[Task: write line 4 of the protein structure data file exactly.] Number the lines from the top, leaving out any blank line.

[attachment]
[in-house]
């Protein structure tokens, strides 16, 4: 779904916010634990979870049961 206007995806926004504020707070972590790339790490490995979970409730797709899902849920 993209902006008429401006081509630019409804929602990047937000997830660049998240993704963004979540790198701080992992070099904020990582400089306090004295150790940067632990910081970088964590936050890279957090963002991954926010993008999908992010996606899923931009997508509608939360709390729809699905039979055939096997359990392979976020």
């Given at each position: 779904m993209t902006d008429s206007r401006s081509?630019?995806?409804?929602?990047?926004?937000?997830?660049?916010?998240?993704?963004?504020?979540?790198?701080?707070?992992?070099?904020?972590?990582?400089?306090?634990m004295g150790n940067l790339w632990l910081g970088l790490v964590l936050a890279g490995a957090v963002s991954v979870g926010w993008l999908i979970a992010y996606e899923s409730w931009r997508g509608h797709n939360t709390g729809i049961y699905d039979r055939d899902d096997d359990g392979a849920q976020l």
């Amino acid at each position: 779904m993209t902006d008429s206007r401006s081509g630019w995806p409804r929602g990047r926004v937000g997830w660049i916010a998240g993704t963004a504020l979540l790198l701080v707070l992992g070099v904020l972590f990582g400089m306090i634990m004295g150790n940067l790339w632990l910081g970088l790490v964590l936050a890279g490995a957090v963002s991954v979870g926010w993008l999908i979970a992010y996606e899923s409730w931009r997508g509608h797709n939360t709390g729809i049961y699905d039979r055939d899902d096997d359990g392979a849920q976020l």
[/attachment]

């Amino acid at each position: 779904m993209t902006d008429s206007r401006s081509g630019w995806p409804r929602g990047r926004v937000g997830w660049i916010a998240g993704t963004a504020l979540l790198l701080v707070l992992g070099v904020l972590f990582g400089m306090i634990m004295g150790n940067l790339w632990l910081g970088l790490v964590l936050a890279g490995a957090v963002s991954v979870g926010w993008l999908i979970a992010y996606e899923s409730w931009r997508g509608h797709n939360t709390g729809i049961y699905d039979r055939d899902d096997d359990g392979a849920q976020l």